Tom Brady, quarterback of the Tampa Bay Buccaneers.
Sorry. This is going to take some getting used to. After two decades of watching Brady accumulate more wins, more Super Bowl championships and more postseason records than any quarterback before him — and most likely after him — Brady will be playing for a team other than the Patriots.
But Brady is just part of a sweeping series of changes at the most important position in football, and the reshuffling will have a profound impact on what happens in the 2020 season and beyond. The merry-go-round included passers young and old, from TB with Tampa Bay to another TB — Teddy Bridgewater — with Carolina. From Philip Rivers in Indy to Nick Foles in Chicago.
And it hasn’t stopped, because there’s still the matter of where Cam Newton will play. And how next month’s draft — featuring Joe Burrow, Tua Tagovailoa, Justin Herbert and Jordan Love — will cast an even wider net around the league.
* Tampa Bay: How impactful has Brady’s acquisition been for the Buccaneers? Well, season ticket sales immediately shot up, and so did the Bucs’ playoff and Super Bowl odds. According to Las Vegas oddsmakers BetOnLine, the Bucs’ Super Bowl odds went from 66-1 after the Chiefs’ Super Bowl win to 12-1 after Brady’s signing. And their odds to win the NFC South went from 8-1 after last season to 3-2 with Brady.
Surely, the Bucs are in better shape with Brady over interception machine Jameis Winston, who had the most picks (30) in the NFL last season. And Tampa Bay’s skill position players are collectively better than the ones Brady left behind in New England.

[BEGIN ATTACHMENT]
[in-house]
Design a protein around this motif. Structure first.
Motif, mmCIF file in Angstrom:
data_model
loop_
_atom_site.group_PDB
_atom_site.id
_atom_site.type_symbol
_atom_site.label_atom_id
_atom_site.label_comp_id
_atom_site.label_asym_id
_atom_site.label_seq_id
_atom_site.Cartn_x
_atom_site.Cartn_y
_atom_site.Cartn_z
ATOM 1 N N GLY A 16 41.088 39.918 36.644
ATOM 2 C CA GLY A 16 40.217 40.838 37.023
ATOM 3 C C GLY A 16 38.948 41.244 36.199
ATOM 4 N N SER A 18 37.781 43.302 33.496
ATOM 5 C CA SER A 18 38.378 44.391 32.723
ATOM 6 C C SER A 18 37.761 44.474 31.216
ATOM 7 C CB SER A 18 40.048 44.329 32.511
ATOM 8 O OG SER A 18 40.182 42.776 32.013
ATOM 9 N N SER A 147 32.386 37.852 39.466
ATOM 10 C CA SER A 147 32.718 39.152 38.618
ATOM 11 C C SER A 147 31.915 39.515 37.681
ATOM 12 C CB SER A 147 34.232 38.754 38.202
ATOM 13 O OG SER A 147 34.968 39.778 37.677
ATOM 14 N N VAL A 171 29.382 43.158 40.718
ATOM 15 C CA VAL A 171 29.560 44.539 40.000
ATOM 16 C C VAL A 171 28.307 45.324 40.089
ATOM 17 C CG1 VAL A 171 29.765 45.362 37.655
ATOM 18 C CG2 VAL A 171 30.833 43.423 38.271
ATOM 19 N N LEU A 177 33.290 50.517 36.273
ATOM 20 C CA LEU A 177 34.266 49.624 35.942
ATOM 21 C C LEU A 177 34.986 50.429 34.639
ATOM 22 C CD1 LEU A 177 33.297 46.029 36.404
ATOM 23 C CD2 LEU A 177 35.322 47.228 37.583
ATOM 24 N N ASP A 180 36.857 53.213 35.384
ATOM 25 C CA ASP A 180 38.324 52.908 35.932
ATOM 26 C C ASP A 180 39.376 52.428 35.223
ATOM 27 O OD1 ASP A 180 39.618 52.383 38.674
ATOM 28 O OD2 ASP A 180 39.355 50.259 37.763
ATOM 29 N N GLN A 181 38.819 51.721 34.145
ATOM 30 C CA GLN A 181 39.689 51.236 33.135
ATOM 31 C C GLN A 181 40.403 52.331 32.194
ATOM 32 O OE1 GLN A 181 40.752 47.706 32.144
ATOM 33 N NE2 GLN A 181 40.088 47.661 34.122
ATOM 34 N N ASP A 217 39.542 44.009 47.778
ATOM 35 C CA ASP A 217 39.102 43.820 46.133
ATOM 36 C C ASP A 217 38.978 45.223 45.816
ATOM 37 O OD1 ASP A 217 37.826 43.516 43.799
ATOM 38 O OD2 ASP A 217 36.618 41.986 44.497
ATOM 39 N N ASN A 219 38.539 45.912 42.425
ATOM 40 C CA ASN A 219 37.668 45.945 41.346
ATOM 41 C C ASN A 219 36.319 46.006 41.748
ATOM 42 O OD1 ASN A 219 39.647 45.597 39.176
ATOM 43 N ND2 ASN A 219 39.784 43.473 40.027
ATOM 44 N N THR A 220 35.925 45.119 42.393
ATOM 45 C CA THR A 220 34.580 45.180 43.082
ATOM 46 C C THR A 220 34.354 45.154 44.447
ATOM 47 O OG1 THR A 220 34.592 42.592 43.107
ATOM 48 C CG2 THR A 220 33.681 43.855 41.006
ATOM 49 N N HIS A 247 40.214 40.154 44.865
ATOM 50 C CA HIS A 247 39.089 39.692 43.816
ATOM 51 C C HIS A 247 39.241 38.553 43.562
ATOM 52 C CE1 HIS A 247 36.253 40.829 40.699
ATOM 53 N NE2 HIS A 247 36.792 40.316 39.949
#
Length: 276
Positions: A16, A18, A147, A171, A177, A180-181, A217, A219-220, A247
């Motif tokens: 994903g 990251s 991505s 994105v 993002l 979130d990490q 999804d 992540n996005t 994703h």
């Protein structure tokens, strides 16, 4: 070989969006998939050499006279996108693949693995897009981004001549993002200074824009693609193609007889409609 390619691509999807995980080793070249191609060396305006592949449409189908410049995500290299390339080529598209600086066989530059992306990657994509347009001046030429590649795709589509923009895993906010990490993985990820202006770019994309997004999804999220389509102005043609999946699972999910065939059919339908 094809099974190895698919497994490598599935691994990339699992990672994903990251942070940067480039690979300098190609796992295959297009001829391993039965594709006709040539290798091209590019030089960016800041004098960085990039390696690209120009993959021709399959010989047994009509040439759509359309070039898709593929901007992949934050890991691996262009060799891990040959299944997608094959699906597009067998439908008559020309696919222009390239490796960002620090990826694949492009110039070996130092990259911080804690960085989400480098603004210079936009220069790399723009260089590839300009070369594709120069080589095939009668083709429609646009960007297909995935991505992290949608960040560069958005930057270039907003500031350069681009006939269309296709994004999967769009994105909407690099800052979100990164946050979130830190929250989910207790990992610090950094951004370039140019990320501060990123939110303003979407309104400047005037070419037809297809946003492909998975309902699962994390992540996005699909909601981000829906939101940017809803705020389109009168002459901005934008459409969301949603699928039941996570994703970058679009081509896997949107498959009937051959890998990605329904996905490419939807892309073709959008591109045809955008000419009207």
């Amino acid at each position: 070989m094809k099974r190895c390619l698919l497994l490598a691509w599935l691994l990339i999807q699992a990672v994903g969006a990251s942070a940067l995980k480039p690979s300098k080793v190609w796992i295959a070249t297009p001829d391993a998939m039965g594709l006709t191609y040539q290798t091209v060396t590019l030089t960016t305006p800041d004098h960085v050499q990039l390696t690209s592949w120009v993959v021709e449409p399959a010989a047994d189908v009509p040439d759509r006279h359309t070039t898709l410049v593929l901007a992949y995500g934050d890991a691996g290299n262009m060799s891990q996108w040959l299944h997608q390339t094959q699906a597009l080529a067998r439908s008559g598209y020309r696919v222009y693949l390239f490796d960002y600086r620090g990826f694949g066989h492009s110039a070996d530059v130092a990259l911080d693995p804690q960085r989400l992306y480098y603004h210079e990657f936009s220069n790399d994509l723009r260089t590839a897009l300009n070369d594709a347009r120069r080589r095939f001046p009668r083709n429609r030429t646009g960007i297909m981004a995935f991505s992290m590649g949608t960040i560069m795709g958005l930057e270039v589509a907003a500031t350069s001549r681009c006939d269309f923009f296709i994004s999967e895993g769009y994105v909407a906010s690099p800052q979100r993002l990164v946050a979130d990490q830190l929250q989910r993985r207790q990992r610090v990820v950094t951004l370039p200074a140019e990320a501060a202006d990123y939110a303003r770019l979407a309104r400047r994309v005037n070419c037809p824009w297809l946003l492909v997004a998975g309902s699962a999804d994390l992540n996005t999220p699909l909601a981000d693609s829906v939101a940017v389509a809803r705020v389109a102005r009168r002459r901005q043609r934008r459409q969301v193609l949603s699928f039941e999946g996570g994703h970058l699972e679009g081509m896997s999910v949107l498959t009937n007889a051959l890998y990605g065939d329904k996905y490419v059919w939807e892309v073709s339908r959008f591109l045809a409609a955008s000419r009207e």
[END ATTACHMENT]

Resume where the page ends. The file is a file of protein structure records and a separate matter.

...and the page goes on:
But Brady’s game was in decline last season, especially when the Patriots needed him most in a home loss to the Dolphins on the final weekend that wiped out a playoff bye week, then in a 20-13 wild-card loss to the Titans in which he continually was unable to summon his greatness throughout the game.
The feeling here: The Bucs can be a wild-card contender in 2020, with an outside shot at winning the division if the Saints slip. But there won’t be many — if any — playoff wins for a quarterback who turns 43 in August.
* New England: With no Brady, this will be Bill Belichick’s most challenging season since he became the Patriots’ coach in 2000.
He has second-year quarterback Jarrett Stidham and backup Cody Kessler on the roster, and there has been talk of adding a “bridge” quarterback such as Andy Dalton of the Bengals. The Patriots pick 23rd in the draft, so unless they have a conviction on one of the lower-ranked quarterbacks, they might bide their time for now.
* Chicago: Time may be running out on Mitchell Trubisky, the second overall pick in the 2017 draft. The Bears badly miscalculated by trading up to get the North Carolina quarterback, especially in a draft that included eventual star passers Patrick Mahomes and Deshaun Watson. Chicago has been patient with Trubisky, but he hasn’t progressed enough.
Enter Foles, acquired in a trade with the Jaguars. Foles led the Eagles to their only Super Bowl title after replacing an injured Carson Wentz late in the 2017 season. Look for the Bears to open up the competition. It might be a matter of when — and not if — Foles takes over.
* Carolina: The Panthers have moved on from former No. 1 overall pick Cam Newton after two injury-filled seasons.